24. Does any NZ specialist have more detailed information on this medal, the official name, conditions of award and/or an image/illustrations? While researching Tonga, I came across the following information about the bestowal of a gold medal on King George Tupou II in 1901: "specially invested by Mr Percy Smith with the same gold medal presented by King George V as Duke of York to Maori chiefs". Stephenson Percy Smith was apparently the first NZ Government Resident on Nieu 1901-1902. In searching for information on the medal the only information I could find were newspaper reports from 1901. They all confirm the investiture as having taken place at Rotorua, New Zealand on 15th June 1901. The Duke of York invested 36 Maori chiefs, 3 Maori members of the NZ parliament and 2 Cook islanders (actually these two could be already included in the 36). Some of the names of the recipients gathered from various newspapers are as follows: Gold medals to: Airini Donnelly, Chieftainess from Hawke‘s Bay,. Wiki Kemp, daughter of Major Kemp. Silver medals to: Hone Heke, MP Wi Pere, MP Parata, MP Toni Kemp (possibly a different designation for Wiki Kemp, above?) Hokomo Nereaha Tamaki Tamahao Mahupuku Pokiha Te Houkamau, from Ngata Porou. Waikura, from "the North". Duke to-Pa Ariki, in connection with the annexation of the Cook Islands John Ariki, in connection with the annexation of the Cook Islands - there is said to be a photograph of him wearing what is labelled as “the Duke of York‘s Gold Medal” in the Evening Post article, but I have not seen the picture and also doubt if that was its official name. Refs: Evening Post, Volume LXXVIII, Issue 5 1909/07/05 Poverty Bay Herald, Volume XXVIII, Issue 9174, 17 June 1901, Page 2. Waikato Argus, Volume XI, Issue 1014, 7 August 1901, Page 2. Many thanks, JH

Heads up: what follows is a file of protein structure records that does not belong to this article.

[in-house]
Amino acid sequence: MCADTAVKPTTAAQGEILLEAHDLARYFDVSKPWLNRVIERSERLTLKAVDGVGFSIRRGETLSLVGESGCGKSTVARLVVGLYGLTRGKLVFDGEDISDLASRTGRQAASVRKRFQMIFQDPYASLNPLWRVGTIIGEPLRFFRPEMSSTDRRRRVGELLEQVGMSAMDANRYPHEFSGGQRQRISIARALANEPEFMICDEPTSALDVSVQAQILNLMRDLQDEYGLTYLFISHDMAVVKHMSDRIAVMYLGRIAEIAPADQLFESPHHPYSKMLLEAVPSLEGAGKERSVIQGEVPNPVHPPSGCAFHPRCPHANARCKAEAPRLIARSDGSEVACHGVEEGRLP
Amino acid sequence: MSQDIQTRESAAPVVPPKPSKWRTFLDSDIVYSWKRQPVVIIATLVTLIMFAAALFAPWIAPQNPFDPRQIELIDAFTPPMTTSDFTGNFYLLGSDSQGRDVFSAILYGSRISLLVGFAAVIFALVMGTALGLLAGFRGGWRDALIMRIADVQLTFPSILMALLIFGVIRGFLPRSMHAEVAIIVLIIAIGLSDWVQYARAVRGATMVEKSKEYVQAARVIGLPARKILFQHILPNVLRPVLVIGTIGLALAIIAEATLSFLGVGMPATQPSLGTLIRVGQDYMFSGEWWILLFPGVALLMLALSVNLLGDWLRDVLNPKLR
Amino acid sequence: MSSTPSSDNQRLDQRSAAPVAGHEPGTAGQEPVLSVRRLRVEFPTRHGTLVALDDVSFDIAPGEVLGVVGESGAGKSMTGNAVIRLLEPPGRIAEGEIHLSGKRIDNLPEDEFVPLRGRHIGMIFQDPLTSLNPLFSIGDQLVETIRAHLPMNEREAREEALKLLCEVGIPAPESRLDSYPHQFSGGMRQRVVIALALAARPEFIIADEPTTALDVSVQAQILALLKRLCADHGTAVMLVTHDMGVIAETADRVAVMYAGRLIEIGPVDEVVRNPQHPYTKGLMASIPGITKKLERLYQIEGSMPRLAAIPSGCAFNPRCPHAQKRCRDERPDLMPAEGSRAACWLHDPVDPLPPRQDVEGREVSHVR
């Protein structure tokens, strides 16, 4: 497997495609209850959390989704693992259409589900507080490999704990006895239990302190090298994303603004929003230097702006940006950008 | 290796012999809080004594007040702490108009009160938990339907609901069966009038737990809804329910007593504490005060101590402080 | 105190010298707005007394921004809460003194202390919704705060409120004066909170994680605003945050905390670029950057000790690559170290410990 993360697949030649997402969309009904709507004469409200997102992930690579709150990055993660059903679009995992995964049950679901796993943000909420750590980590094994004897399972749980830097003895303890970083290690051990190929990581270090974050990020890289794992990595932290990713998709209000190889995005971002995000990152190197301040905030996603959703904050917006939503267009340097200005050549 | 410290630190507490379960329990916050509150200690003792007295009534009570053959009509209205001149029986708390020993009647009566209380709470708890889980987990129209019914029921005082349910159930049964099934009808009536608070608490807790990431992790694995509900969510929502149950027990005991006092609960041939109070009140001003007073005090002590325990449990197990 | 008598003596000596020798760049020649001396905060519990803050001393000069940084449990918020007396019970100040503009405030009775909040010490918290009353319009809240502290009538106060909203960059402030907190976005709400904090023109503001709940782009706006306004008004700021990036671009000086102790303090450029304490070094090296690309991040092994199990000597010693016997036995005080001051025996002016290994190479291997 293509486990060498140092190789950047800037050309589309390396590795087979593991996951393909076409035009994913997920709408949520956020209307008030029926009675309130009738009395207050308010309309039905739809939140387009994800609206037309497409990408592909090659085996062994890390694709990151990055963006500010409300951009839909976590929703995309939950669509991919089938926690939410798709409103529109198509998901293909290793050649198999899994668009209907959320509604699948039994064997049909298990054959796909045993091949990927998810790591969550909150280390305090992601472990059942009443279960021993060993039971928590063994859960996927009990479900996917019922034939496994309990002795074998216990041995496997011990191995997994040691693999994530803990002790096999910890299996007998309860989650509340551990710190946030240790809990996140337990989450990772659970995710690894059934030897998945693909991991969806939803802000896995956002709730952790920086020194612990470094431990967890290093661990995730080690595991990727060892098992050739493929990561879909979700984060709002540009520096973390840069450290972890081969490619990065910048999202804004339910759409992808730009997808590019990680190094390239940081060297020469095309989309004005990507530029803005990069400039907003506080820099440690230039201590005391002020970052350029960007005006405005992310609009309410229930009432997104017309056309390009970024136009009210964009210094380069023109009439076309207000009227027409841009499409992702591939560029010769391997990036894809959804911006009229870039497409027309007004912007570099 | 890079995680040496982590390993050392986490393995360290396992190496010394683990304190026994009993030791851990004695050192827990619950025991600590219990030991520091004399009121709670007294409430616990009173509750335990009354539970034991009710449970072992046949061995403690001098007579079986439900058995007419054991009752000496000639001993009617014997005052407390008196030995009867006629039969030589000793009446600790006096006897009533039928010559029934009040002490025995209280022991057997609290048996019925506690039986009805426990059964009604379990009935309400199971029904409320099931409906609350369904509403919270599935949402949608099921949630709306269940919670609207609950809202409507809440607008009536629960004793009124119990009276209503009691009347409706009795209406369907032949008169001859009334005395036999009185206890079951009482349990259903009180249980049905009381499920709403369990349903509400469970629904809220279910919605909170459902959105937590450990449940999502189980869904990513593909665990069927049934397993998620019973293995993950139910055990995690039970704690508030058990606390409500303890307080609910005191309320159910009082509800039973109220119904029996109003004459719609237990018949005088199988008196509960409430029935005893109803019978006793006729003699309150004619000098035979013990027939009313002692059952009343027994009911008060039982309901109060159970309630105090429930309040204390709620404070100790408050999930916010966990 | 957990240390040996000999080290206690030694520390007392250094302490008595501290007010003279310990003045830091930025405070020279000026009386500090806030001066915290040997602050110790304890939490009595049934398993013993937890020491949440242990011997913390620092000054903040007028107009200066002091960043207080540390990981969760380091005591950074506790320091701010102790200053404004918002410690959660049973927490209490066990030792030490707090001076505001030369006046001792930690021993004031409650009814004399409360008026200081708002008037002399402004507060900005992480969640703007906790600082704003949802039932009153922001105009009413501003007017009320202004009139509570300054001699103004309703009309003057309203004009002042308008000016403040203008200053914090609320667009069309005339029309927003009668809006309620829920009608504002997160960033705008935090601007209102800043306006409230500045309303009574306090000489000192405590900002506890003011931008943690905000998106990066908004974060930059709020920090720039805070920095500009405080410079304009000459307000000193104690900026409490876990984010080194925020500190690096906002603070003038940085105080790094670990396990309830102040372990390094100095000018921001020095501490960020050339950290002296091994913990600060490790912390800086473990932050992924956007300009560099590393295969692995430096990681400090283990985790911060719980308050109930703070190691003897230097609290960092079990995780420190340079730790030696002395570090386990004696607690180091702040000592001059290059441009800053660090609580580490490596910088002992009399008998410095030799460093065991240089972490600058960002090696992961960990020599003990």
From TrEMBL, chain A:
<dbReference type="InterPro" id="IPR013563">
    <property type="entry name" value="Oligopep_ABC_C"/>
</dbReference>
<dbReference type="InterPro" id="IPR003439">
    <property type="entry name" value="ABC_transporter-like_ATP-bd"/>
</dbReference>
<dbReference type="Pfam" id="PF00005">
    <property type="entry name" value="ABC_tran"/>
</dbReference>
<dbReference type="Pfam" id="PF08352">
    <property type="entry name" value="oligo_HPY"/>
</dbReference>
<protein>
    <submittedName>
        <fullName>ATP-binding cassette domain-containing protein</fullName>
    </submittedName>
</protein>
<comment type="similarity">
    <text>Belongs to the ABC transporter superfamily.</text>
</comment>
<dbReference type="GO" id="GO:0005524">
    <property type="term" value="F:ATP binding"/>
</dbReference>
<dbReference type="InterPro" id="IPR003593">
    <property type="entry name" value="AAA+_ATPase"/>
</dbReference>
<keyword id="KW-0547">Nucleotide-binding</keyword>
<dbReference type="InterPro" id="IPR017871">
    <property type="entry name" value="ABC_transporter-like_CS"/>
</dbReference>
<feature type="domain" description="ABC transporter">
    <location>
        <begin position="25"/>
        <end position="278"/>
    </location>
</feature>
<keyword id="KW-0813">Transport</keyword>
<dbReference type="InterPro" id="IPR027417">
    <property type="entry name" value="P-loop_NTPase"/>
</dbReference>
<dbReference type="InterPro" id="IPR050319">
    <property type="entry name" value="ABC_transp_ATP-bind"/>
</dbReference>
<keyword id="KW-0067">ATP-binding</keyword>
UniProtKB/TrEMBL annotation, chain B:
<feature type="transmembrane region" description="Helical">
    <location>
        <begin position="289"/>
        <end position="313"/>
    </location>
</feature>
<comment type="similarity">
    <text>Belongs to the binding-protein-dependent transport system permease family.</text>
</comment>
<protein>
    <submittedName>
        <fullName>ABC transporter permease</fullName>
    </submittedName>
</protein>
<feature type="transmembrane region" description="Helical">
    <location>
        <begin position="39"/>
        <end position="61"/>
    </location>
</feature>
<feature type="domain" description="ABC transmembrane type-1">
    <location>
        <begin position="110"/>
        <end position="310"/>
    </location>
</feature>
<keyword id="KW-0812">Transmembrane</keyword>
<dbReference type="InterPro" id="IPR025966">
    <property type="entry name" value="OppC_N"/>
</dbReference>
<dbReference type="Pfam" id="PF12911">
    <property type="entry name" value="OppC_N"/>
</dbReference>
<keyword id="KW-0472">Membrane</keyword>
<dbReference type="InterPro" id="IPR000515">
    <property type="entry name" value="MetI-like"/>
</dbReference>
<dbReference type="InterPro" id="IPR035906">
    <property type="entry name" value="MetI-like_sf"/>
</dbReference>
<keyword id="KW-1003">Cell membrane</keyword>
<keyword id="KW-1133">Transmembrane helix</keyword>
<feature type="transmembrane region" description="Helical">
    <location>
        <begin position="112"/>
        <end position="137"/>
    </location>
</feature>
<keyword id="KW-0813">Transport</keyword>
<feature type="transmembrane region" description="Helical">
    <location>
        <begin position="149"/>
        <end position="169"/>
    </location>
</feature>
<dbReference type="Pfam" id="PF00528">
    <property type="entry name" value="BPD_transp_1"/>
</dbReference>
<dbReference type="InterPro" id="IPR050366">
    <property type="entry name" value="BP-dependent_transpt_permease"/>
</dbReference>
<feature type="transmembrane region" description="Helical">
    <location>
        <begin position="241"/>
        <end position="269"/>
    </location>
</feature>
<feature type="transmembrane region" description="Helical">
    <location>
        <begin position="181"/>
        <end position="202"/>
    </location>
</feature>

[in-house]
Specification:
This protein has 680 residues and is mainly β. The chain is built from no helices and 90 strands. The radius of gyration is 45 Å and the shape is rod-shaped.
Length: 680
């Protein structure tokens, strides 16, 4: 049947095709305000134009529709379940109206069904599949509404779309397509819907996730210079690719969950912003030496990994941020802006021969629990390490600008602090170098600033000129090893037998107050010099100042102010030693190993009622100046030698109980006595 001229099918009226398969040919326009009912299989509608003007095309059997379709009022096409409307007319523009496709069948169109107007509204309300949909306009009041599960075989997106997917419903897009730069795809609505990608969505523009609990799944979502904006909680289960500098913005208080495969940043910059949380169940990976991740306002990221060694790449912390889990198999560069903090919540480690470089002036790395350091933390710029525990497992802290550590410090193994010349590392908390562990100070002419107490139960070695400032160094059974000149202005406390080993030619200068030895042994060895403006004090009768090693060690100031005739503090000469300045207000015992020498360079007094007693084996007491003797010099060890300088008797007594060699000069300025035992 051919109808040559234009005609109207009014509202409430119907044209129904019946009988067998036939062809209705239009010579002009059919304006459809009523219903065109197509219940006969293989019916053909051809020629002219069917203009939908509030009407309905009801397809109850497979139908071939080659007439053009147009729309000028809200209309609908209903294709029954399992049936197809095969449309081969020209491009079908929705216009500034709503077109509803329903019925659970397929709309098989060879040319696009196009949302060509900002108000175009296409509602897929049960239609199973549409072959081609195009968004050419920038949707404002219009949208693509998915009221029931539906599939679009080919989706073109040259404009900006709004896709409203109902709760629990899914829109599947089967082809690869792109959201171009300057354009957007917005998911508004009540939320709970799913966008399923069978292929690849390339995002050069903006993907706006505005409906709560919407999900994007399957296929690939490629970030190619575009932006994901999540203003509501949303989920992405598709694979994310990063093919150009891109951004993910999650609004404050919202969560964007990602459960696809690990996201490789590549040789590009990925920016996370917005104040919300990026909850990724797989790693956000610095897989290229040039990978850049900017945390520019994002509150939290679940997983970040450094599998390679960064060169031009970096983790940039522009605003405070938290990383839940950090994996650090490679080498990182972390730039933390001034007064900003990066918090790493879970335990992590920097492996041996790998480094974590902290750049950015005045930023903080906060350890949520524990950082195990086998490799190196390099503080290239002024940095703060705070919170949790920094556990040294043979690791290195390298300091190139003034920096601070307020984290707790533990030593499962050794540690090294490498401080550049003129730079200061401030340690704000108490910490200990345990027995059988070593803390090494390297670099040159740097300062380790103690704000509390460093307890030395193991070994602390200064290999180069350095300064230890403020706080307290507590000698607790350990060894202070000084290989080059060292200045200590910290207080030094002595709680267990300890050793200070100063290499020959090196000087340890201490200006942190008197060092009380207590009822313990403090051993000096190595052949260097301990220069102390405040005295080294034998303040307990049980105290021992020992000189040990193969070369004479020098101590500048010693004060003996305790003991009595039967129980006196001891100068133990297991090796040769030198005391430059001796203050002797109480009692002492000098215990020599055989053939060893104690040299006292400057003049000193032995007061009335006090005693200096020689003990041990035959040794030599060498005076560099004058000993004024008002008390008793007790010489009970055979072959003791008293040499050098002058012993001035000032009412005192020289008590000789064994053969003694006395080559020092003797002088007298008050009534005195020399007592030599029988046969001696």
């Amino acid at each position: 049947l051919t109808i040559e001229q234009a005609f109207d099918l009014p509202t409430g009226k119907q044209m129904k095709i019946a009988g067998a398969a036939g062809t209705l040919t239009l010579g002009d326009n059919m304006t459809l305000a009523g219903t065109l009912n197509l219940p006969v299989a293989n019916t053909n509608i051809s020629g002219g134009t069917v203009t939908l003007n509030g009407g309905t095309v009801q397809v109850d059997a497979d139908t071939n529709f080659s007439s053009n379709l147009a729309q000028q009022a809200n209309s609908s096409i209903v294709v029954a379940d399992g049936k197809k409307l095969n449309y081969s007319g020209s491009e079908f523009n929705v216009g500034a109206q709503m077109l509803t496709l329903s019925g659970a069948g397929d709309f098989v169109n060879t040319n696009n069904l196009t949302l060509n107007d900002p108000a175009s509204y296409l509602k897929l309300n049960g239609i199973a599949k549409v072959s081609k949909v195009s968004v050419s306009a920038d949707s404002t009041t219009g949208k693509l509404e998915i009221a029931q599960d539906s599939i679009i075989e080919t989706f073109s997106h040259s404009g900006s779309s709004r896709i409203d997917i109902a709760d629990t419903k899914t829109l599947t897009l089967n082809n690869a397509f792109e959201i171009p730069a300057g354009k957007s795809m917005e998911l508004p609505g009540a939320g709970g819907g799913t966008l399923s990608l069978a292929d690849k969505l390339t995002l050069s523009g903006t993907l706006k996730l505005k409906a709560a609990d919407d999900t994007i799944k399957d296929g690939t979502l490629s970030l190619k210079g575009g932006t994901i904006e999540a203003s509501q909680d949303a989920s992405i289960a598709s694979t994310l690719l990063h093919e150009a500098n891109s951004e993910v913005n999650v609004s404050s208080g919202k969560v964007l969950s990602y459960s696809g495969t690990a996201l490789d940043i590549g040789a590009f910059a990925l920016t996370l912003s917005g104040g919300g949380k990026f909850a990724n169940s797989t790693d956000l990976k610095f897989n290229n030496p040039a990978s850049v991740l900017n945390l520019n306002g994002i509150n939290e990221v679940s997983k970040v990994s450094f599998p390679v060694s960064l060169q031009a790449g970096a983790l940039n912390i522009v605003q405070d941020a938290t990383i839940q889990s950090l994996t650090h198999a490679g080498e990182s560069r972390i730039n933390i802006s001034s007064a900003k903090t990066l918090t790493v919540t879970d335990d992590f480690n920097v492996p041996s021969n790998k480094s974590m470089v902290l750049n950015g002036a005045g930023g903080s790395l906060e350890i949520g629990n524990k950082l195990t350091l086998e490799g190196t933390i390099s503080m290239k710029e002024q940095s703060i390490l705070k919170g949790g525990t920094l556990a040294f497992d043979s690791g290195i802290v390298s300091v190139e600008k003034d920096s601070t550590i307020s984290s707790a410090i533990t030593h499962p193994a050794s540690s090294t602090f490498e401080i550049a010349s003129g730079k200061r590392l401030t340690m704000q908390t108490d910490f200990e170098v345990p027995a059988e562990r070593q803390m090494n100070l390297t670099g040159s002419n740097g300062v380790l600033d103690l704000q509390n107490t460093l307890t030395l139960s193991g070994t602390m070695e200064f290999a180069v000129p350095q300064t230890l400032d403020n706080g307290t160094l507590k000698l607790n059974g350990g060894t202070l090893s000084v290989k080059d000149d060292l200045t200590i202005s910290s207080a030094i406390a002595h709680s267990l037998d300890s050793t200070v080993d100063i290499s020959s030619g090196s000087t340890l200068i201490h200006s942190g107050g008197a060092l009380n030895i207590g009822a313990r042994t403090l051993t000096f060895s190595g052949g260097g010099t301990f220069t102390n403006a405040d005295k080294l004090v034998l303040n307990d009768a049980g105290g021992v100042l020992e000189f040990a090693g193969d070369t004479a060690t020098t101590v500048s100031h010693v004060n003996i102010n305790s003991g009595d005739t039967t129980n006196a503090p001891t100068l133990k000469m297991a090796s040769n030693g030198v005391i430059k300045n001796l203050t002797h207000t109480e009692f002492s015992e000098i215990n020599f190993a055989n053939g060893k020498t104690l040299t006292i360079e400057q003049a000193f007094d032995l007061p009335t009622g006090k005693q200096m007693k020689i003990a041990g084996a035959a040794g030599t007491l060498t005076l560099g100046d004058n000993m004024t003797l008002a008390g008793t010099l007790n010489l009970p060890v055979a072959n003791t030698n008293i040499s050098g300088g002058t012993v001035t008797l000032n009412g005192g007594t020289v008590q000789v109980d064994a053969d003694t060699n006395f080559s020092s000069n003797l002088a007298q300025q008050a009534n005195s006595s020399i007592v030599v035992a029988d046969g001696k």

25. Would anyone have details of the short lived decoration awarded by the British Legation in Persia known as the Royal Victoria Badge? Apparently the decoration was instituted in 1887 under the authority of the Foreign Office by The Rt Hon Sir Henry Drummond Wolff, GCB, GCMG, British Envoy Extraordinary and Minister Plenipotentiary to Persia 1887-1890. The appearance appears to be - head of Queen Victoria on the obverse, surrounded by 16 sharp rays (long) with 16 sharp rays (short) inbetween. The uppermost long ray attached to an Imperial crown (perhaps the small widow's crown worn by Queen Victoria and shown in her later portraits). The crown attached to a loop suspension. Ribbon - a narrow silk ribbon (similar width to a miniature ribbon), red with blue edge stripes, suspended from a broach. Awarded in three classes, gold, silver and bronze, to Qajar princes, high ranking state officials, legation and consular staff and servants. The FO failed to inform either the Prime Minister, the Government or the Queen beforehand and it was therefore "without authority". However, awards having already been made to several high ranking Persians, cancellation was out of the question because it would have ended up in a diplomatic incident. No doubt, the incident blown up and fully exploited by Britain's then rivals in Persia, the Russians, who were busy awarding their decorations left, right and centre. Awards continued to be made until 1903, when Lord Hardinge was eventually forced to divulge the whole matter to King Edward VII because a recipient of the first class was about to make an appearance in London in the entourage of the Shah. On hearing about it, the King was said to be 'surprised'. Though I expect fulminations were more usual from him on such matters. He then immediately issued orders that strict instructions be sent to Tehran that no further awards be made. Known recipients that I have found mentioned in various biographies and diaries are as follows: Lieutenant-General H.E. Shaikh Khaz’al Khan ibn Haji Jabir Khan, Sardar-i-Aqdas, Amir of Mohammerah, GCIE, KCSI - invested in Autumn 1899. General H.H. Shahzada Nuzratullah Mirza, Amir Khan Sardar - date unknown. Nawab Mirza Hasan Ali Khan, CIE - date unknown. Haji Muhammad Ali Behbehani, Rais ut-Tujjar, CIE - 13 January 1903. Prime Minister of Mohammerah. Probably the last recipient. I have never come across an actual physical specimen and have only seen them in black and white photographs. Here are a couple that I could find. Image of the Royal Victoria Badge blown up from the portrait of Prince Nuzratullah, Amir Khan Sardar . Prince Nuzratullah, Amir Khan Sardar wearing the decoration. Shaikh Khaz’al Khan ibn Haji Jabir Khan, Sardar-i-Aqdas, Amir of Mohammerah wearing the decoration. Almost any snippet of additional information would be welcome. [PS: I have posted this in the British section of the Forum a week ago but have had no responses. So please (moderators) don't move this thread there.]